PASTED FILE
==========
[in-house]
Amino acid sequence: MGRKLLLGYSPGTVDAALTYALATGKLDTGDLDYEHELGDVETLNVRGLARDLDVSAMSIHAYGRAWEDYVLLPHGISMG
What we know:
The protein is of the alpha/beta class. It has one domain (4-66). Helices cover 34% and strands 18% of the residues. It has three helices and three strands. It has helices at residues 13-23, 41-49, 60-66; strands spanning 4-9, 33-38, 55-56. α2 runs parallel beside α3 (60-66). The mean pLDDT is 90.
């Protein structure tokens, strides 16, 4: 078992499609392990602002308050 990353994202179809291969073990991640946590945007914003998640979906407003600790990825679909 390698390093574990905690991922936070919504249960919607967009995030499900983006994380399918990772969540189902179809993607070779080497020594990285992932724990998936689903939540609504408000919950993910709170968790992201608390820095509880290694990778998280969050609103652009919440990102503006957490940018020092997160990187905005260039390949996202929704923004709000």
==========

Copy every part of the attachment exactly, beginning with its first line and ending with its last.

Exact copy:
[in-house]
Amino acid sequence: MGRKLLLGYSPGTVDAALTYALATGKLDTGDLDYEHELGDVETLNVRGLARDLDVSAMSIHAYGRAWEDYVLLPHGISMG
What we know:
The protein is of the alpha/beta class. It has one domain (4-66). Helices cover 34% and strands 18% of the residues. It has three helices and three strands. It has helices at residues 13-23, 41-49, 60-66; strands spanning 4-9, 33-38, 55-56. α2 runs parallel beside α3 (60-66). The mean pLDDT is 90.
């Protein structure tokens, strides 16, 4: 078992499609392990602002308050 990353994202179809291969073990991640946590945007914003998640979906407003600790990825679909 390698390093574990905690991922936070919504249960919607967009995030499900983006994380399918990772969540189902179809993607070779080497020594990285992932724990998936689903939540609504408000919950993910709170968790992201608390820095509880290694990778998280969050609103652009919440990102503006957490940018020092997160990187905005260039390949996202929704923004709000």